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Alexander McDougall
2 of 2
SPECIFICATION forming part of Letters Patent No. 513,522, dated January 30, 1894.
Application filed October 22, 1892. Serial No. 449,692. (No model.)
To all whom it may concern:
    Be it known that I, ALEXANDER MCDOUGALL, a citizen of the United States, residing at Duluth, in the county of St. Louis and State of Minnesota, have invented certain new and useful Improvements in Dead-Lights; and I do hereby declare the following to be a full, clear, and exact description of the invention, which will enable others skilled in the art to which it appertains to make and use the same.
    In using dead-lights on vessels and particularly when employed in the engine and boiler rooms thereof, I have found that the said dead-lights became covered with water from condensation resulting in the difference of temperature of same and the air in the interior of the vessel, whereby the proper lighting of the boat is seriously affected.
    By means of the present invention which relates to various new and useful improvements in such dead-lights, I have obtained a device possessing certain advantages over prior devices, and more particularly from the fact that there is little or no condensation on the dead-lights. I accomplish this object by making use of a window or pane placed at a short distance on the inside of the dead-lights, whereby an insulating air space is obtained between the latter and the said window or pane. By this means the possibility of the warm air from the interior of the boat coming in contact with the cold dead-lights is done away with, and therefore little or no condensation can take place.
    By means of the present invention I also obtain a dead-light which will be economical in construction, and in which the greatest possible amount of light will be deflected into the interior of the boat.
    In the present invention also, there can be no danger of leaking occurring around the dead-lights, and the latter are effectively protected against the possibility of accidental breakage by any object falling on the decks, as I shall presently describe.
    For the better comprehension of my invention, attention is directed to the accompanying drawing, forming a part of this specification, and in which a sectional view of the device is shown.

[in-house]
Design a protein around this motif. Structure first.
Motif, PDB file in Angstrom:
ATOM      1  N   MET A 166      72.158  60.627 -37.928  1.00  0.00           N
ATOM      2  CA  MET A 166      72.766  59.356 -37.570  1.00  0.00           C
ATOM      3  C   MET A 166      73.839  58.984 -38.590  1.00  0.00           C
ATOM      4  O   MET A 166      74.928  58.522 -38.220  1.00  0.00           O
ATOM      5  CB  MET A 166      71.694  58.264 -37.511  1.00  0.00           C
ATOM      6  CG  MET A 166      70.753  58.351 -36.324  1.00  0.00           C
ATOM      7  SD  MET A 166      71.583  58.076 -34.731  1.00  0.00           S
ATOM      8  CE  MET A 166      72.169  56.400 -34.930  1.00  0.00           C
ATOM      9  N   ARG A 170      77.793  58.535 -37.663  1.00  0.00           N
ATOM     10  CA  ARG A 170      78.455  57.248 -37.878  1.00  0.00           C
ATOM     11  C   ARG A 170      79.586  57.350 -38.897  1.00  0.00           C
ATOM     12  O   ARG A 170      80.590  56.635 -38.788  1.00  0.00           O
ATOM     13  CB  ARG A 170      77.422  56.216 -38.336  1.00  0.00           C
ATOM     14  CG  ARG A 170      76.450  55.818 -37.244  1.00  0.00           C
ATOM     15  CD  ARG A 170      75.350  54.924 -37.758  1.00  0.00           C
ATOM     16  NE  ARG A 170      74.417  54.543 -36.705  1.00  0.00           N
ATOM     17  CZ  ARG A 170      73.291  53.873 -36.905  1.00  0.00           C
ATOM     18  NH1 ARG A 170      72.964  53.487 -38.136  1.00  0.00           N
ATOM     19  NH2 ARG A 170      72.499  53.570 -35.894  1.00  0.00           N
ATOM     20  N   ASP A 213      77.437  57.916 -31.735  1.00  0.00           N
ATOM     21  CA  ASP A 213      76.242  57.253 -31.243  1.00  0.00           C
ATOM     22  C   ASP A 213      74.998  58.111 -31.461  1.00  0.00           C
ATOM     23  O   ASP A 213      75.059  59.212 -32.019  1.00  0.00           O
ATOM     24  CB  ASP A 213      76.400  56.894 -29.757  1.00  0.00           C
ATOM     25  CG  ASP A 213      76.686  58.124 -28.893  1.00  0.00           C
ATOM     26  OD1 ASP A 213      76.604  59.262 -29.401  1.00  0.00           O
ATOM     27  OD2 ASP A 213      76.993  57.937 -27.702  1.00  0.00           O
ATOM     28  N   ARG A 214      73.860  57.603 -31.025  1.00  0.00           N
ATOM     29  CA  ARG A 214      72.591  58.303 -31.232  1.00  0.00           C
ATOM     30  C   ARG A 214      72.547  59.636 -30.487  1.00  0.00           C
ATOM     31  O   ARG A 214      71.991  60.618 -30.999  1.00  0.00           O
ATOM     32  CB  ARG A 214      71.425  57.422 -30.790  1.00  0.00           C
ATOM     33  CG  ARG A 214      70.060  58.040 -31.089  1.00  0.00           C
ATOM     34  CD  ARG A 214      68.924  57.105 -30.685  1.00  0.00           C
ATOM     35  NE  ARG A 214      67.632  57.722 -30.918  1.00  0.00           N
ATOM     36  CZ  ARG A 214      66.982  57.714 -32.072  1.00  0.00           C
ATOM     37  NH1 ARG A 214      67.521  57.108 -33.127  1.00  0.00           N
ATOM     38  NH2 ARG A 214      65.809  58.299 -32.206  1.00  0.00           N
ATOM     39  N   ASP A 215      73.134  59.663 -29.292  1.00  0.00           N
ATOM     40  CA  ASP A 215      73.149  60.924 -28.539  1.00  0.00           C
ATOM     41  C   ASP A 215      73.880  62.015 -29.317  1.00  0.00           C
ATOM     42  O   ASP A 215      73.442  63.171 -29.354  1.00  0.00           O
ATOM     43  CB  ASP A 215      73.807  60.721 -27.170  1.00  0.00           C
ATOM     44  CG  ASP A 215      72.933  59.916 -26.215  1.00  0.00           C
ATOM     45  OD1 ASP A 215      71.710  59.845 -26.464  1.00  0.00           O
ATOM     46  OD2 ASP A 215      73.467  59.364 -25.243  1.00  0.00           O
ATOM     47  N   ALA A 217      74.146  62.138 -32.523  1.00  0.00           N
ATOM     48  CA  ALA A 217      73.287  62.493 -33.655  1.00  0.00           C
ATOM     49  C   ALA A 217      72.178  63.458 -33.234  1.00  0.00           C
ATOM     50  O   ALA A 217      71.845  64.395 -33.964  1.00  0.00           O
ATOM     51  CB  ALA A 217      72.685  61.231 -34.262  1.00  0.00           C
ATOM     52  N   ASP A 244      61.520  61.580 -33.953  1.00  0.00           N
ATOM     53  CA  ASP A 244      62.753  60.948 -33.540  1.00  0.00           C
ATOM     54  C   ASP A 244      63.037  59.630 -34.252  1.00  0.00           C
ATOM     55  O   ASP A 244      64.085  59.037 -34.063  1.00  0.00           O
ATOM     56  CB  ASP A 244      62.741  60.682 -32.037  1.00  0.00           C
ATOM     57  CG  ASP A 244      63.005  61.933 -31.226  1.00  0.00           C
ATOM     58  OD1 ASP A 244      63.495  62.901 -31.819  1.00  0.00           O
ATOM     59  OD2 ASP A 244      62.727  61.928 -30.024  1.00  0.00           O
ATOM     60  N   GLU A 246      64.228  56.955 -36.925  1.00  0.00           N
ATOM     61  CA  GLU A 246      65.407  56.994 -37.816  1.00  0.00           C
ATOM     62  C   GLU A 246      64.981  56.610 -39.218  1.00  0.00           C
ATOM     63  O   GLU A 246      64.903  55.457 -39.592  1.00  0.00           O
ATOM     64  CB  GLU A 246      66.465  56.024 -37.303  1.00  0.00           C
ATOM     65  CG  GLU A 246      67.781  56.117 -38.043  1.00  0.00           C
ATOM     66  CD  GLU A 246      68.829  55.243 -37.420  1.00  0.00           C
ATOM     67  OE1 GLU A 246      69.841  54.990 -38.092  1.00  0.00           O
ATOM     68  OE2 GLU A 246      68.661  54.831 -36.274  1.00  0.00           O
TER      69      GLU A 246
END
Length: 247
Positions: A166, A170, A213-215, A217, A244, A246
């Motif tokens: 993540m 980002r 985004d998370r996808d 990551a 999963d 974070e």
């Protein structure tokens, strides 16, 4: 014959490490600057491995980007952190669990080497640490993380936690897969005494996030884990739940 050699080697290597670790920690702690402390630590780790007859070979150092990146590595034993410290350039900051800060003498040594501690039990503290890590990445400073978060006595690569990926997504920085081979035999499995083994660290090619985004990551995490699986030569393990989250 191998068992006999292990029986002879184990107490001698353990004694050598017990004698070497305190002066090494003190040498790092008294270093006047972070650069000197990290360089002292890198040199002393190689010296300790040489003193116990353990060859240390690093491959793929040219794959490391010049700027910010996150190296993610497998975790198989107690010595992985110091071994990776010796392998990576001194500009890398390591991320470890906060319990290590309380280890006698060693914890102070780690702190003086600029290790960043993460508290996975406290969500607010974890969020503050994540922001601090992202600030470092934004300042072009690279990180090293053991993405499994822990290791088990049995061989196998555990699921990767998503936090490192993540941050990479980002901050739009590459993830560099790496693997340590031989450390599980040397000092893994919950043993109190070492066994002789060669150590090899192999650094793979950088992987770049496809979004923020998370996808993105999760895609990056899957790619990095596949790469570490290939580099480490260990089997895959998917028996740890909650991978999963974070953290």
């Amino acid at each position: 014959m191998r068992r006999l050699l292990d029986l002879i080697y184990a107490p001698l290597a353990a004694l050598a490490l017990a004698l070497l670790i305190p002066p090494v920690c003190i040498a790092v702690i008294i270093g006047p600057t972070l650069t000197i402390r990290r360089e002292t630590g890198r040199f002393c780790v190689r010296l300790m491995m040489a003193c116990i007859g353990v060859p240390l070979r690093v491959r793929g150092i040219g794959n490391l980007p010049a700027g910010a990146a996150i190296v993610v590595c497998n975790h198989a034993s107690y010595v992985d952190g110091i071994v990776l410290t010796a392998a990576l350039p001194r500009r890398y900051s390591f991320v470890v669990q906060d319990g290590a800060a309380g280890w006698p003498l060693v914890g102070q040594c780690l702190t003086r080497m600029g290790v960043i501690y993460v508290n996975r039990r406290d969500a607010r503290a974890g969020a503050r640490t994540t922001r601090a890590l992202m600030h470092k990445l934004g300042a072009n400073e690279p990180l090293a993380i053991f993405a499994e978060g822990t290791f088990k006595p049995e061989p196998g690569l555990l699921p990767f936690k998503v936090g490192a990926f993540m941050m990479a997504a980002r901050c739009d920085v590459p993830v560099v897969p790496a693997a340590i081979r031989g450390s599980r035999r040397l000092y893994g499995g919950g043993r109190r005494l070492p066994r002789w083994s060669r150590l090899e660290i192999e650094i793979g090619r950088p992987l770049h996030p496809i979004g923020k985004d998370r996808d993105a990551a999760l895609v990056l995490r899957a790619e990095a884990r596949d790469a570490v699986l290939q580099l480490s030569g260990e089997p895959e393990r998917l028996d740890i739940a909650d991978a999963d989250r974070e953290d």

"A" represents the outer plate or skin of a metallic boat. In case the present invention is to be used with wooden vessels, a corresponding or similar plate is to be placed at the proper points therein, for the reception of the dead-lights as I shall presently describe. The plate "A" is provided with a number of circular openings "a" therein which may be either cylindrical or flared inwardly; these openings are for the reception of the dead-lights.
    Secured to the under side of the plate "A" by means of rivets "b" is the plate "B." The heads of the rivets "b" should be as prominent as possible as shown in the drawing, so that any object will rest thereon instead of the glass dead-lights themselves. The plate "B" which is the area of the desired dead-lights, is provided with openings "c" therein which coincide with the openings "a" in the plate "A." The openings "C" are flanged inwardly as shown, and at the upper parts thereof are of smaller diameter than the openings "a" so as to thereby form shoulders "d" on which the different dead-lights rest.
    The dead-lights themselves which I use in the present invention are of novel construction as will be observed from the drawing. These dead-lights consist of the usual bull's-eye or lens portion "e," and with the conical deflecting stem "f" depending therefrom. The diameter of each of these deflecting stems at its widest portion which is at the top, corresponds to the smallest diameter of the openings "c;" so that when the dead-lights are in position as shown, the said conical deflecting stems will fit snugly therein, with the bottom of the lens portion of each dead-light resting on the shoulder "d," before referred to. When the dead-lights are thus placed in position in the openings "a," they will be held securely therein by means of suitable cement "g;" and by making the lens portion of each dead-light at an angle to the sides of the openings "a," they will be prevented from coming loose, as will be readily understood.
    "C" represents the interior wood-work or wainscoting of the boat, which is generally used and which is secured in any suitable manner some distance from the outer plating